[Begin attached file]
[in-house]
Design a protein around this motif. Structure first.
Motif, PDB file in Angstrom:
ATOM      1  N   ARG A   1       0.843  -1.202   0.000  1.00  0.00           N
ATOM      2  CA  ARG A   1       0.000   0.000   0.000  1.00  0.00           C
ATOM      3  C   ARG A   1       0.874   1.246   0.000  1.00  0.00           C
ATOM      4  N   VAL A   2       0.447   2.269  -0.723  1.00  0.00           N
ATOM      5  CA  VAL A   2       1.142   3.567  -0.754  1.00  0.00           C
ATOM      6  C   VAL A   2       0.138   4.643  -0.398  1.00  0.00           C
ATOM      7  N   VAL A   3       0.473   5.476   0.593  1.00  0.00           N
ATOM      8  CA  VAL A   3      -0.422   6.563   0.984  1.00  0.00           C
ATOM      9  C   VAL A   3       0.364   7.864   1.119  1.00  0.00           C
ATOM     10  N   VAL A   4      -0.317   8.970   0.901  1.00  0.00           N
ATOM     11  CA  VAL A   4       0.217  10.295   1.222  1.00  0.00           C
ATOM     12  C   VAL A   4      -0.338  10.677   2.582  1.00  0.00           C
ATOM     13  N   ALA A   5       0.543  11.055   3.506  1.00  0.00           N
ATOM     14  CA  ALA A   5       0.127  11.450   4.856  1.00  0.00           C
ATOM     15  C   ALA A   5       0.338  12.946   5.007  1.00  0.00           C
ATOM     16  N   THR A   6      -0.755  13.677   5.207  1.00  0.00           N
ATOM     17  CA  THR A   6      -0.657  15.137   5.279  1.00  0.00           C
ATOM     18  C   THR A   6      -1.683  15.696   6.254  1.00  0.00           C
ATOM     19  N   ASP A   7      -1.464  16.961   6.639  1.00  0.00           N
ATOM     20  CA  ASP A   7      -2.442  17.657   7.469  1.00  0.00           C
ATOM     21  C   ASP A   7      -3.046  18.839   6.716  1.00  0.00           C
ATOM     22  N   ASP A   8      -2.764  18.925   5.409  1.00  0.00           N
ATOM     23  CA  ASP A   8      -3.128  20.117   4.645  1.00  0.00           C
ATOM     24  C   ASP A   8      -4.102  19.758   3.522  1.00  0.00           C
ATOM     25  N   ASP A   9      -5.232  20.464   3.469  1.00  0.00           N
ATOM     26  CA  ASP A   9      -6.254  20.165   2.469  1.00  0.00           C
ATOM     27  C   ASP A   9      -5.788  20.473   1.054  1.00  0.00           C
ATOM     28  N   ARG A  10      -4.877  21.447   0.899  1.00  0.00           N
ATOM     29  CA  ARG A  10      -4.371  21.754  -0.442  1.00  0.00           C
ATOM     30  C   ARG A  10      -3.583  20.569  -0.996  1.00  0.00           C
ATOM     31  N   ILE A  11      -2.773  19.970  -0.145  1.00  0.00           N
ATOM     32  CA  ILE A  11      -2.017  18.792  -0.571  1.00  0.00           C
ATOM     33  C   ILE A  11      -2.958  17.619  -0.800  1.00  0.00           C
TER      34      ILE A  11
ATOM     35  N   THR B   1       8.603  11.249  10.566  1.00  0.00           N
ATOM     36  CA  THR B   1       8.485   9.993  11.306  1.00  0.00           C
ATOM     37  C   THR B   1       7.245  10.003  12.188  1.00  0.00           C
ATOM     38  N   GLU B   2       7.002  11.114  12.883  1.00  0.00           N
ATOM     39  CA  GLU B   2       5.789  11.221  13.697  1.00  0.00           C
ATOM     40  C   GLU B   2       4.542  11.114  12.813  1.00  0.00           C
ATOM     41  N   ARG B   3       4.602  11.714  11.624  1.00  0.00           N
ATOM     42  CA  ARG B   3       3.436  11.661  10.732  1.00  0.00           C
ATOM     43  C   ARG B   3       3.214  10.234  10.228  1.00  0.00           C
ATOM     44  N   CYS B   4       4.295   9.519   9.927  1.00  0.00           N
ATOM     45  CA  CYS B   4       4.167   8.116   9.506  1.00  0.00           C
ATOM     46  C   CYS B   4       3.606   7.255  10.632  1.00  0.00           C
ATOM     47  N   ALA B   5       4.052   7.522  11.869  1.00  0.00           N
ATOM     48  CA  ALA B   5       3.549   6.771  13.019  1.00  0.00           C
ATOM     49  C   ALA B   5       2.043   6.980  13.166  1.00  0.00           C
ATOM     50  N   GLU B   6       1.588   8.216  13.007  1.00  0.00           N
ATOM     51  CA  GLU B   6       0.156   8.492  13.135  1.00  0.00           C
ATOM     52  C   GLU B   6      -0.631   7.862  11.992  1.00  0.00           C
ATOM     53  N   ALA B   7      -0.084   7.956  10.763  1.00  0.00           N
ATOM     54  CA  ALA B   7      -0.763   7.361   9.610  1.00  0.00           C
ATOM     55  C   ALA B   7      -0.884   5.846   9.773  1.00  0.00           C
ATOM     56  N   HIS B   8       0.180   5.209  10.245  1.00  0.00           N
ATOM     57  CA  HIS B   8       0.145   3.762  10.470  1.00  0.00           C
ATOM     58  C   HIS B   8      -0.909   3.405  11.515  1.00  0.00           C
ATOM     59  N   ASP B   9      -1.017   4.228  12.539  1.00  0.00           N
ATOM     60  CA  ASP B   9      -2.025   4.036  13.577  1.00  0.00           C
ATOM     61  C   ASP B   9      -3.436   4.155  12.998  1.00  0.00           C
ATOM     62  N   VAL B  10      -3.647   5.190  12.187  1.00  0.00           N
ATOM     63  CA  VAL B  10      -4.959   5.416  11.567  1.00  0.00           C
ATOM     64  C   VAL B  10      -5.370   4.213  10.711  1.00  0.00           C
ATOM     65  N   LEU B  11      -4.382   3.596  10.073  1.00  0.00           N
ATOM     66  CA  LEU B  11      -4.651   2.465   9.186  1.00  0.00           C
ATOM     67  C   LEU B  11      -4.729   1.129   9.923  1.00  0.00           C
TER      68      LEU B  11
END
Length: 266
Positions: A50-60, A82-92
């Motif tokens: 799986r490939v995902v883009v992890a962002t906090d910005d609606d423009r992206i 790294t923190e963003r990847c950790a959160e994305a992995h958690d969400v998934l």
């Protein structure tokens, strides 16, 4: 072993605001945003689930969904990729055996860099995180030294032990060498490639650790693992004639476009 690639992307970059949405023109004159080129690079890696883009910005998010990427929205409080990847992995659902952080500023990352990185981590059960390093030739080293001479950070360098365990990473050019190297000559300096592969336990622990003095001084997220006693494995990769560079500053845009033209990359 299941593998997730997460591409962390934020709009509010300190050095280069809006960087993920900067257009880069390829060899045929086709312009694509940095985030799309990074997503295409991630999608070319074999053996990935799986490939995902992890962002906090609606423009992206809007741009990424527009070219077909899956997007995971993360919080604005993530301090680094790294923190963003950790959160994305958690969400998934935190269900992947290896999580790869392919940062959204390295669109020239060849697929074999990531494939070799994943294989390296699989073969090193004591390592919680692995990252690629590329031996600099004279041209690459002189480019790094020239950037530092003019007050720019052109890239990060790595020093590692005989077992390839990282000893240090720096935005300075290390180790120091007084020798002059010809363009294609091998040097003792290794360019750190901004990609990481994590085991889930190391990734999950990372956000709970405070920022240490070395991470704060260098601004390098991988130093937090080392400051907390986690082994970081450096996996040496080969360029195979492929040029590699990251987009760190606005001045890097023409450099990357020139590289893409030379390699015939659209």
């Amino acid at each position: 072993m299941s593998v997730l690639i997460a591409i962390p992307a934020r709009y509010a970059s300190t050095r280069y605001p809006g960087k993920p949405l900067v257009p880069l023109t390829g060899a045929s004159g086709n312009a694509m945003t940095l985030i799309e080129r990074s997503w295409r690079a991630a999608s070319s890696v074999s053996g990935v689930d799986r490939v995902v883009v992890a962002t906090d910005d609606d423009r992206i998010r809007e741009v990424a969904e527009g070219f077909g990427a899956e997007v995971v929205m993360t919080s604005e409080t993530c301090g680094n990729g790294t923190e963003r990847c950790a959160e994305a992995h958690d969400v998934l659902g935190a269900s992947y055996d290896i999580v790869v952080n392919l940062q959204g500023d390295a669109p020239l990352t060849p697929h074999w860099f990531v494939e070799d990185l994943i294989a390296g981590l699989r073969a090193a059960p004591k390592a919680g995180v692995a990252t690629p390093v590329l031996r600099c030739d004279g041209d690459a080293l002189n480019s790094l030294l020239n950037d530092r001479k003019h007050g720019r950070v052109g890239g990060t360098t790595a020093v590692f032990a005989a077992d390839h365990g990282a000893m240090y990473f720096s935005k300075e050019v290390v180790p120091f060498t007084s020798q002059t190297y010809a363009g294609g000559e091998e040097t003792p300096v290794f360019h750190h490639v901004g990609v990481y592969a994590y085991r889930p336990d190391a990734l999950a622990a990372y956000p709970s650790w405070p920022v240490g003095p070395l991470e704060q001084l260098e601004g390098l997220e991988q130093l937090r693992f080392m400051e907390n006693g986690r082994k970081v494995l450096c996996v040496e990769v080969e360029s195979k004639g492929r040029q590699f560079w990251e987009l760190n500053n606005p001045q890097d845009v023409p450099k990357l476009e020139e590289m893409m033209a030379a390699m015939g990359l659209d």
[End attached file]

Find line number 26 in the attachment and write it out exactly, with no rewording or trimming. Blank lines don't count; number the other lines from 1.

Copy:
ATOM     23  CA  ASP A   8      -3.128  20.117   4.645  1.00  0.00           C